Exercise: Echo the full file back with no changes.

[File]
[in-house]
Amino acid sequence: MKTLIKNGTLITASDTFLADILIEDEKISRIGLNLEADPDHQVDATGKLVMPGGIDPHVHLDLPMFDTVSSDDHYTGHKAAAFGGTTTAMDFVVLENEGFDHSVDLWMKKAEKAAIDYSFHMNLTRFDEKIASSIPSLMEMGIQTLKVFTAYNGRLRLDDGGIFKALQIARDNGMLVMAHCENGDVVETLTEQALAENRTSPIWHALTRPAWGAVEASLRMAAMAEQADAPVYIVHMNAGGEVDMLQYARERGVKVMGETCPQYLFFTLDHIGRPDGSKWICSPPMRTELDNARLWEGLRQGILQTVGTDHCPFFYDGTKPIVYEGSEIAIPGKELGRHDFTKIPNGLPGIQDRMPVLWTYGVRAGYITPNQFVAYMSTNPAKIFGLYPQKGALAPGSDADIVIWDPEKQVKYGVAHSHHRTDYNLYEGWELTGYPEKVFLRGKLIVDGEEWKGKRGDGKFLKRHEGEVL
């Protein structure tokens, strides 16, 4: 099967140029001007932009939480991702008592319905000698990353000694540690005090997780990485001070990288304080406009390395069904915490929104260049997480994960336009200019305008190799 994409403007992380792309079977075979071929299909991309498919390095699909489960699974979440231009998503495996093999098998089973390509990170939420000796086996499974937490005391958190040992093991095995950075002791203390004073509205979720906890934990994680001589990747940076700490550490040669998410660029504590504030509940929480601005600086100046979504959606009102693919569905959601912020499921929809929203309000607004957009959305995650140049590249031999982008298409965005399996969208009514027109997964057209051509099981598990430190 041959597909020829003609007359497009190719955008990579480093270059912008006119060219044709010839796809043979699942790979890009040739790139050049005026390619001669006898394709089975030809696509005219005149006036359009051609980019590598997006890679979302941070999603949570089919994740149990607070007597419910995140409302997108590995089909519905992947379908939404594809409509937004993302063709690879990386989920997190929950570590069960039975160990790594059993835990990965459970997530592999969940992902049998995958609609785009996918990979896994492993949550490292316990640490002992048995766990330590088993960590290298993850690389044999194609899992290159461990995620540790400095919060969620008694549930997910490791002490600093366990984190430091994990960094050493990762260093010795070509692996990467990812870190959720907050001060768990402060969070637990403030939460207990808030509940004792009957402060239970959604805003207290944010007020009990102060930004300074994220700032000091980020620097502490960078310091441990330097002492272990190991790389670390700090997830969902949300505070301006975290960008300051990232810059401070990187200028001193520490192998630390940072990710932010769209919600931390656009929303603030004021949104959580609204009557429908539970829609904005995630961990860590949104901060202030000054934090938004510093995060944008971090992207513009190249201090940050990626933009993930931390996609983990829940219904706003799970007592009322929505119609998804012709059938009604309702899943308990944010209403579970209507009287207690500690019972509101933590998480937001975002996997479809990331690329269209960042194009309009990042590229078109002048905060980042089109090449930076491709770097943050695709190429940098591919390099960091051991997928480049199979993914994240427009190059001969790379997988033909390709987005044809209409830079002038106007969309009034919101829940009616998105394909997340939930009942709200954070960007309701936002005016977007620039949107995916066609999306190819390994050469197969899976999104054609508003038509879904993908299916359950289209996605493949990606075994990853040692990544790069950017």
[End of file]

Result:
[in-house]
Amino acid sequence: MKTLIKNGTLITASDTFLADILIEDEKISRIGLNLEADPDHQVDATGKLVMPGGIDPHVHLDLPMFDTVSSDDHYTGHKAAAFGGTTTAMDFVVLENEGFDHSVDLWMKKAEKAAIDYSFHMNLTRFDEKIASSIPSLMEMGIQTLKVFTAYNGRLRLDDGGIFKALQIARDNGMLVMAHCENGDVVETLTEQALAENRTSPIWHALTRPAWGAVEASLRMAAMAEQADAPVYIVHMNAGGEVDMLQYARERGVKVMGETCPQYLFFTLDHIGRPDGSKWICSPPMRTELDNARLWEGLRQGILQTVGTDHCPFFYDGTKPIVYEGSEIAIPGKELGRHDFTKIPNGLPGIQDRMPVLWTYGVRAGYITPNQFVAYMSTNPAKIFGLYPQKGALAPGSDADIVIWDPEKQVKYGVAHSHHRTDYNLYEGWELTGYPEKVFLRGKLIVDGEEWKGKRGDGKFLKRHEGEVL
């Protein structure tokens, strides 16, 4: 099967140029001007932009939480991702008592319905000698990353000694540690005090997780990485001070990288304080406009390395069904915490929104260049997480994960336009200019305008190799 994409403007992380792309079977075979071929299909991309498919390095699909489960699974979440231009998503495996093999098998089973390509990170939420000796086996499974937490005391958190040992093991095995950075002791203390004073509205979720906890934990994680001589990747940076700490550490040669998410660029504590504030509940929480601005600086100046979504959606009102693919569905959601912020499921929809929203309000607004957009959305995650140049590249031999982008298409965005399996969208009514027109997964057209051509099981598990430190 041959597909020829003609007359497009190719955008990579480093270059912008006119060219044709010839796809043979699942790979890009040739790139050049005026390619001669006898394709089975030809696509005219005149006036359009051609980019590598997006890679979302941070999603949570089919994740149990607070007597419910995140409302997108590995089909519905992947379908939404594809409509937004993302063709690879990386989920997190929950570590069960039975160990790594059993835990990965459970997530592999969940992902049998995958609609785009996918990979896994492993949550490292316990640490002992048995766990330590088993960590290298993850690389044999194609899992290159461990995620540790400095919060969620008694549930997910490791002490600093366990984190430091994990960094050493990762260093010795070509692996990467990812870190959720907050001060768990402060969070637990403030939460207990808030509940004792009957402060239970959604805003207290944010007020009990102060930004300074994220700032000091980020620097502490960078310091441990330097002492272990190991790389670390700090997830969902949300505070301006975290960008300051990232810059401070990187200028001193520490192998630390940072990710932010769209919600931390656009929303603030004021949104959580609204009557429908539970829609904005995630961990860590949104901060202030000054934090938004510093995060944008971090992207513009190249201090940050990626933009993930931390996609983990829940219904706003799970007592009322929505119609998804012709059938009604309702899943308990944010209403579970209507009287207690500690019972509101933590998480937001975002996997479809990331690329269209960042194009309009990042590229078109002048905060980042089109090449930076491709770097943050695709190429940098591919390099960091051991997928480049199979993914994240427009190059001969790379997988033909390709987005044809209409830079002038106007969309009034919101829940009616998105394909997340939930009942709200954070960007309701936002005016977007620039949107995916066609999306190819390994050469197969899976999104054609508003038509879904993908299916359950289209996605493949990606075994990853040692990544790069950017």